The moving, eye-opening memoir of an innocent man detained at Gauntanamo Bay for 15 years: a story of humanity in the unlikeliest of places and an unprecedented look at life at Gauntanamo on the eve of its 20th anniversary
At the age of 18, Mansoor Adayfi left his home in Yemen for a cultural mission to Afghanistan. He never returned. Kidnapped by warlords and then sold to the US after 9/11, he was disappeared to Gauntanamo Bay, where he spent the next 15 years as Detainee #441.
In the vein of Ishmael Beah's A Long Way Gone, Don't Forget Us Here tells two coming-of-age stories in parallel: a makeshift island outpost becoming the world's most notorious prison and an innocent young man emerging from its darkness. Arriving as a stubborn teenager, Mansoor survived the camp's infamous interrogation program and became a feared and hardened resistance fighter leading prison riots and hunger strikes. With time though, he grew into the man prisoners nicknamed "Smiley Troublemaker": a student, writer, historian, and dedicated pop culture fan. With unexpected warmth and empathy, he unwinds a narrative of fighting for hope and survival in unimaginable circumstances, illuminating the limitlessness of the human spirit.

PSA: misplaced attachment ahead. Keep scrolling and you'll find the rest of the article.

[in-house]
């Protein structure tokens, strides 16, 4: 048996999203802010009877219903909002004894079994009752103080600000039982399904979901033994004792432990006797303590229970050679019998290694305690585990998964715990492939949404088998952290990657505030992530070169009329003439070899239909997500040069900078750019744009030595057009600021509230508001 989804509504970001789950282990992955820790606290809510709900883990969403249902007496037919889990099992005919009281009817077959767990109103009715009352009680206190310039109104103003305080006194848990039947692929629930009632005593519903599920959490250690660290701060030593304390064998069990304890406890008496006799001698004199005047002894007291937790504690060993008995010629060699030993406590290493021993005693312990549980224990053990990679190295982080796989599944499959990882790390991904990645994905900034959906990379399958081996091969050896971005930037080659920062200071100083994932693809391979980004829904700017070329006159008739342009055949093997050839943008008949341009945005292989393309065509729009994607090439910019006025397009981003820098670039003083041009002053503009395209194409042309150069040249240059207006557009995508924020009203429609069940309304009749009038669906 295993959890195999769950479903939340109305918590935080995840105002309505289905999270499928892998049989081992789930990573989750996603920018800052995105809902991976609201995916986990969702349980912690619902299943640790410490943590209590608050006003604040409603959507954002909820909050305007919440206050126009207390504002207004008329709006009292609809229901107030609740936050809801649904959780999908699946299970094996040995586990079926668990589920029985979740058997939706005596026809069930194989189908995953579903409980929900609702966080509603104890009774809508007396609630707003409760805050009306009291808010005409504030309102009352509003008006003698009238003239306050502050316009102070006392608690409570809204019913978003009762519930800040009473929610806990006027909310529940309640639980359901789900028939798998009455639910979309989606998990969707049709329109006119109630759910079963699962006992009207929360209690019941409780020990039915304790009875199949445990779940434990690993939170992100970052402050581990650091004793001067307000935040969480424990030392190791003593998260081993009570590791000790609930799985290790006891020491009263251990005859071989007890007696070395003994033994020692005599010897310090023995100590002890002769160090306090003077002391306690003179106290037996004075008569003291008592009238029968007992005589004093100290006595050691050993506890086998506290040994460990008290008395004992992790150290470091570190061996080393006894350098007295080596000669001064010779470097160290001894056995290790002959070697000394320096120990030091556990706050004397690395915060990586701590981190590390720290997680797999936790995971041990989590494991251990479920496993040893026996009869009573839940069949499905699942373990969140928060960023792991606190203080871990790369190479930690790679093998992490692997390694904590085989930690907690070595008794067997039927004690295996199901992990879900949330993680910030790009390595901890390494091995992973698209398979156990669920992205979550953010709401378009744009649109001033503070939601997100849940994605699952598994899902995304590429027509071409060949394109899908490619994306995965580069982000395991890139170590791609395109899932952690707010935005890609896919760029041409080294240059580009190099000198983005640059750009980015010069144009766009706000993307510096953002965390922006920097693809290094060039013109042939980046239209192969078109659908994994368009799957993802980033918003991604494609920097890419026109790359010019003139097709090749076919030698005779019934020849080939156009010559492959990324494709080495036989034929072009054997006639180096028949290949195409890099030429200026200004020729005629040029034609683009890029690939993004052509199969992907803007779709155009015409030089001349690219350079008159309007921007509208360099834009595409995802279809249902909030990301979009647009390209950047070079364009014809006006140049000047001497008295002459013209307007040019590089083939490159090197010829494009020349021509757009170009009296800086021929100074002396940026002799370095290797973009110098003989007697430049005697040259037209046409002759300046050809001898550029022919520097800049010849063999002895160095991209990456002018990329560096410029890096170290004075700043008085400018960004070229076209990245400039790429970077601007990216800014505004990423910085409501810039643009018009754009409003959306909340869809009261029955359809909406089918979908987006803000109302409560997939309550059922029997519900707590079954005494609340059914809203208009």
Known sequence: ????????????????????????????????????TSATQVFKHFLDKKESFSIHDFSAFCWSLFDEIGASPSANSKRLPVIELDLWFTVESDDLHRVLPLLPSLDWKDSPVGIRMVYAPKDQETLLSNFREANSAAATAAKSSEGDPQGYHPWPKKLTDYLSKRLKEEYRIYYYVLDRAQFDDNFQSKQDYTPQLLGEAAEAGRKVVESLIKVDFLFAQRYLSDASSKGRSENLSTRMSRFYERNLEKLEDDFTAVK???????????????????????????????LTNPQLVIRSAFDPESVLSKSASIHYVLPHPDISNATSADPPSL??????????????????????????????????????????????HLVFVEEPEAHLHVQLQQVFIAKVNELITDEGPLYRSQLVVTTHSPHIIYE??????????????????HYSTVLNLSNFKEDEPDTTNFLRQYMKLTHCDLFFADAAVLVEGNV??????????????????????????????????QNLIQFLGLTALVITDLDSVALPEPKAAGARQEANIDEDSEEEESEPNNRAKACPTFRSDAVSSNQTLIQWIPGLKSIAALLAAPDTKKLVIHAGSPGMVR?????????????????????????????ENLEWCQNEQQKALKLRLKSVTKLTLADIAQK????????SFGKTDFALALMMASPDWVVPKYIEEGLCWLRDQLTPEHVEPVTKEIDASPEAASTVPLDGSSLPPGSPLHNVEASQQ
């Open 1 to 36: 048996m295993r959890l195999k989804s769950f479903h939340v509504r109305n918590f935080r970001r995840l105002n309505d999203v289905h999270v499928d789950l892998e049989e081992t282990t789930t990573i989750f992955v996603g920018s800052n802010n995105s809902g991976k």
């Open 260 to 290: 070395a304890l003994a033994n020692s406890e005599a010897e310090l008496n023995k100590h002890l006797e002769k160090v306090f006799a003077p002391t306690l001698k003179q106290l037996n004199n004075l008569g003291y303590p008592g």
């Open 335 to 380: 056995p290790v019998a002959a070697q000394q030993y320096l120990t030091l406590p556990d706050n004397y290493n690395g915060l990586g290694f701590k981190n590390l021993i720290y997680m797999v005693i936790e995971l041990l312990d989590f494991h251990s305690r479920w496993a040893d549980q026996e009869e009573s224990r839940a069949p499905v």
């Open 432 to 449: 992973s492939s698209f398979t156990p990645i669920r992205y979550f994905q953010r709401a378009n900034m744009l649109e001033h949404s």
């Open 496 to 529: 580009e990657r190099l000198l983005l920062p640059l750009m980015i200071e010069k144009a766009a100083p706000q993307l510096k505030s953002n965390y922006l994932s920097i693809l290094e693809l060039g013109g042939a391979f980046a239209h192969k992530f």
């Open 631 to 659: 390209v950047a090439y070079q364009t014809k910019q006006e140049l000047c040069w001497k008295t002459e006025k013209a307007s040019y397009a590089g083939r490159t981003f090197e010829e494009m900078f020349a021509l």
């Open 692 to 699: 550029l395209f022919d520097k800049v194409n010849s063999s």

And through his own story as well as those who were there with him--detainees and guards--Mansoor also tells Gauntanamo's story, offering an unprecedented window into one of the most secretive places on earth. Putting a human face on the Gauntanamo we know from the news, as well as showing the side we never see--the art, the community, the joyful reclamation of stolen humanity--this book reconstructs the camp's history in human terms, bearing witness to the lives lost and destroyed there.
Twenty years later, Gauntanamo remains open. At a moment of due reckoning, Mansoor helps us understand what actually happened there--both the horror and the beauty--offering a vital chronicle of an experience we cannot afford to forget.